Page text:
By Hugh Bronstein
BOGOTA, Nov 1 (Reuters) - Colombian President Alvaro Uribe has said he may run for a third term if his coalition fails to unite around a strong candidate, prompting debate on Thursday about the future of democracy in the conflict-weary country.
Uribe, an important U.S. ally in the left-tilting Andean region, won a second four-year term last year after the constitution was changed to allow one re-election.
Many want him to run again in 2010 while others fear such a move would put Colombia on an authoritarian path.
The bespectacled Wall Street favorite shocked supporters and opponents alike by telling members of Congress in a private meeting late on Wednesday that he would be open to a third campaign if there was a "catastrophe."
"The coalition has to find another candidate. Re-election only if there is a catastrophe," lawmaker Nancy Gutierrez, an Uribe ally at the meeting, quoted the president as saying.
Presidential adviser Jose Obdulio Gaviria told local radio that the "catastrophe" would come if Uribe’s supporters cannot rally around one candidate to carry on his legacy.
"Without unity there will be a catastrophe," he said.
Opposition politicians took to the airwaves saying a third term would put Uribe in the same category as Hugo Chavez, the leftist anti-American leader of neighboring Venezuela who wants to scrap presidential term limits.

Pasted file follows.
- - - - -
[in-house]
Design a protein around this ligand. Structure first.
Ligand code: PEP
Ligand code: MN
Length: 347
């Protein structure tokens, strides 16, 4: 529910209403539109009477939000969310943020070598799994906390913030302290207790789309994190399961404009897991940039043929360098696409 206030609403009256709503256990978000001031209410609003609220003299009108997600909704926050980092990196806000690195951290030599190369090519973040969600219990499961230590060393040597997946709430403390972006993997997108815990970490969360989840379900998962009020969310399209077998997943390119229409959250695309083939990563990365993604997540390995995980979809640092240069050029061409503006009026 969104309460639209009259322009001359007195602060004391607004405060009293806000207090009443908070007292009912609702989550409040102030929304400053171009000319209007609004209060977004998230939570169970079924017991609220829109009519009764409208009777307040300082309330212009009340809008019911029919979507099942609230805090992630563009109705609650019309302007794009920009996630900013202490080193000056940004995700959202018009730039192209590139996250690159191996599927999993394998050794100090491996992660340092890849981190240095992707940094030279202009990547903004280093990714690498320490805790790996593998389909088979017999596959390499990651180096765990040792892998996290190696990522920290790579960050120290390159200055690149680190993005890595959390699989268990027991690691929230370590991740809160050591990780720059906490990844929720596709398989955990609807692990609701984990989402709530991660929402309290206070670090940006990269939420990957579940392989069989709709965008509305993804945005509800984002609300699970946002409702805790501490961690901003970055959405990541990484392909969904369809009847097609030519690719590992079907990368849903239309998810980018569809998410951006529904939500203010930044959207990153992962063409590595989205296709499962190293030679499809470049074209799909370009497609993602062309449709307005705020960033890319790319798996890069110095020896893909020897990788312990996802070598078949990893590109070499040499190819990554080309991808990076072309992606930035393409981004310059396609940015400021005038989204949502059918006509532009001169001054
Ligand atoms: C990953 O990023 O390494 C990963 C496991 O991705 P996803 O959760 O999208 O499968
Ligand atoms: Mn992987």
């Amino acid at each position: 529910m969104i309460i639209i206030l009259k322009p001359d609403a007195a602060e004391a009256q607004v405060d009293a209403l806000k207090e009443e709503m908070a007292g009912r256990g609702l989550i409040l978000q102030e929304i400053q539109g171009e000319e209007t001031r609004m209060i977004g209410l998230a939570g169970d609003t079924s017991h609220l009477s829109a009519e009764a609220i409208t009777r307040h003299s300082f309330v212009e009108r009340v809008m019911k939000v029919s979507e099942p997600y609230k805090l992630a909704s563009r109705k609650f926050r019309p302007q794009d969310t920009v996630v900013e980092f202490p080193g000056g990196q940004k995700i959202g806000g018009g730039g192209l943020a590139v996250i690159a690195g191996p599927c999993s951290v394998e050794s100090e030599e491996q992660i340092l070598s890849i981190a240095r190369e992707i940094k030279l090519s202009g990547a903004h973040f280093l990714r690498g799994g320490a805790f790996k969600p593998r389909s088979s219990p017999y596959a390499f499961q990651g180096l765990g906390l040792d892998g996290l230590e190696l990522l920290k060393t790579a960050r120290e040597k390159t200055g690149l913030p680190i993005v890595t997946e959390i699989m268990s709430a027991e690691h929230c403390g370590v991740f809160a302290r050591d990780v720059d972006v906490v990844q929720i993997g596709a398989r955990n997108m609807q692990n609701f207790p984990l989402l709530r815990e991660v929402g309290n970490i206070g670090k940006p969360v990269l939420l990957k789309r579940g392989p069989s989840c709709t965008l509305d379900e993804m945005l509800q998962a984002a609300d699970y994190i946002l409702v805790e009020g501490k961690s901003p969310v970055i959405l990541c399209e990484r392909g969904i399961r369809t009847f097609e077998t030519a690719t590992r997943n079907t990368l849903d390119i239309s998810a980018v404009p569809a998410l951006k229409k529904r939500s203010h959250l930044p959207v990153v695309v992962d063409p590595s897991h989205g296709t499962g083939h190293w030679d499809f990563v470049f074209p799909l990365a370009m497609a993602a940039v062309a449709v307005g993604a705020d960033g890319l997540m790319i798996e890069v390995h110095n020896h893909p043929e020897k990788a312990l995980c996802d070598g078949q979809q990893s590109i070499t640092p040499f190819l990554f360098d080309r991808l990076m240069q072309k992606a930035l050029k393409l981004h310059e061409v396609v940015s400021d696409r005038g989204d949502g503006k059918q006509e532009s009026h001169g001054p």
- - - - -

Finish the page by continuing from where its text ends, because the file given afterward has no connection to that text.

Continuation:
Polls show Uribe would win if the law is changed to allow him a third campaign.
Seen as a savior by millions of Colombians traumatized by decades of guerrilla war, he has cut urban crime and spurred investment with his U.S.-backed crackdown on drug-running leftist rebels.
"Uribe’s statement confirms that all those Colombians who fear the day he leaves office may get the chance to vote for him again," said pollster Napoleon Franco.
Opponents say he is too cozy with right-wing paramilitary militias that have demobilized under a government peace deal offering reduced jail terms for crimes ranging from extortion to massacre to cocaine trafficking.
Uribe remains popular despite a scandal in which dozens of members of his coalition, including his senator cousin Mario Uribe, are being investigated for illegal dealings with paramilitary thugs.